Their daughter, Michelle Bowen, came on board in 2012. Michelle attended the French Culinary Institute in New York and helps manage the store. She is also in charge of developing and merchandising the Hispanic product line and the craft beer and wine programs. She has taken it upon herself to help remerchandise and decorate the store, bringing it to a whole new level. Their youngest daughter, Katherine, graduated from UGA and went to medical school at UNC-Chapel Hill. She is in her final year of an ENT residency at MUSC in Charleston, SC, and has charted a course outside of the family business.
Greg says, “Family taught me the value of love, constancy, attention, and affection. It taught me the importance of being available and present, of being supportive and firm, and of being engaged in all facets of my family member’s lives – the good and the bad. Family is the rock we must depend on at all times.”
Working with family requires extra care. “You have to be open to different ideas and suggestions, so everyone has a voice in all important decisions,” he says. “When you disagree on a decision, you have to table it and think through the decision-making process. It pays to have everyone on the same page!”
Keys to Success
When asked about the keys to their success, Greg points to differentiation and community involvement. He stands out from his competition by offering his employees very flexible schedules, loans for emergency situations, room to advance their careers, and giving whatever support they need to better themselves.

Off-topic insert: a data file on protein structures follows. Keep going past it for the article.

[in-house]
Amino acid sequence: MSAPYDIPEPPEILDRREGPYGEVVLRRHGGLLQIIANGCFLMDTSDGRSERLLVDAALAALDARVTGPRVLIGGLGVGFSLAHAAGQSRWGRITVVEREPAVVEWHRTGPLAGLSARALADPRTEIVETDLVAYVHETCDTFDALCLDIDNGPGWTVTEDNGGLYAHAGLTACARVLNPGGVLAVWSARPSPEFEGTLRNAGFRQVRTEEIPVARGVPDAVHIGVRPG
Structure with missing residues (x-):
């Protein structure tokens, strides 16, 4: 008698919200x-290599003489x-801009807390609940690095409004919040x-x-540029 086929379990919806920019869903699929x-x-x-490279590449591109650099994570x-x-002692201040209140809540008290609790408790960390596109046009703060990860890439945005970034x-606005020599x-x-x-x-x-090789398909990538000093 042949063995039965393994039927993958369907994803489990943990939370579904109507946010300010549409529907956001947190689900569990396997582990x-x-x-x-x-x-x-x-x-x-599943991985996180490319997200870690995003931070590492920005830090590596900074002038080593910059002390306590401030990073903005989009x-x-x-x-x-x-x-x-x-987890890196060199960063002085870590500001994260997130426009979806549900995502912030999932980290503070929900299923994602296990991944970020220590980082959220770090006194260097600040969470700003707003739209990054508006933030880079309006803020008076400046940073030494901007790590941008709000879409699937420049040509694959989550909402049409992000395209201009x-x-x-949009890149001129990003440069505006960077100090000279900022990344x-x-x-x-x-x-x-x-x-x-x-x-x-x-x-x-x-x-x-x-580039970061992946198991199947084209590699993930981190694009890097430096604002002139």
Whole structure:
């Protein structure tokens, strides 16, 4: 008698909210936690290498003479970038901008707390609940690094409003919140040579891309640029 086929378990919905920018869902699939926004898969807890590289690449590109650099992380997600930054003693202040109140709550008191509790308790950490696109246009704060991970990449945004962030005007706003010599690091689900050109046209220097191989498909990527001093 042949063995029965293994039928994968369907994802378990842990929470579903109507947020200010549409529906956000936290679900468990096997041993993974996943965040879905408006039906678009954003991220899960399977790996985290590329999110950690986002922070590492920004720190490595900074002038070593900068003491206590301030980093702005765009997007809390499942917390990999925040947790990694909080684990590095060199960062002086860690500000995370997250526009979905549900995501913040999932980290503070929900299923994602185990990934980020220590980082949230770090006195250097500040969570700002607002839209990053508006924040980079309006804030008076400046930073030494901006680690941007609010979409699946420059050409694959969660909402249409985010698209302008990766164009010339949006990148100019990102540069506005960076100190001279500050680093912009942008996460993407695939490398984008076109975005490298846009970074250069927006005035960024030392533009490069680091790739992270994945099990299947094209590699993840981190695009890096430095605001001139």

They treat their customers similarly. “We have an old-fashioned idea that customers really do matter as people and help them out when they need help (think stacks and stacks of IOU’s in a wallet), lending them a listening ear, and going out on a limb to cash checks for those with limited or no identification. And yes, we have been burned a few times, but overall it helps our customers,” Greg says.
They also offer services like specialized meat cutting and special orders for catering. “Oh, and did I mention we have an awesome cake decorator? She’s referred to by the entire community as the ‘Cake Lady’,” Greg adds.
They also offer a wide variety of artisan items imported from Mexico like pottery, piggy banks, cutting boards, tortilla warmers, pinatas, etc. Greg says, “Most stores can’t carry these types of items because they are labor intensive to receive, merchandise, and keep up with. We do it to give us a point of distinction.”
Greg and his family take pride in their community involvement. He says, “We have spent the past 20 years helping local non-profits and providing funds and support for any causes that are near and dear to us. We are personally involved in many non-profits and have served on many boards. We support the local non-profit fundraisers with time, donation, and ideas.”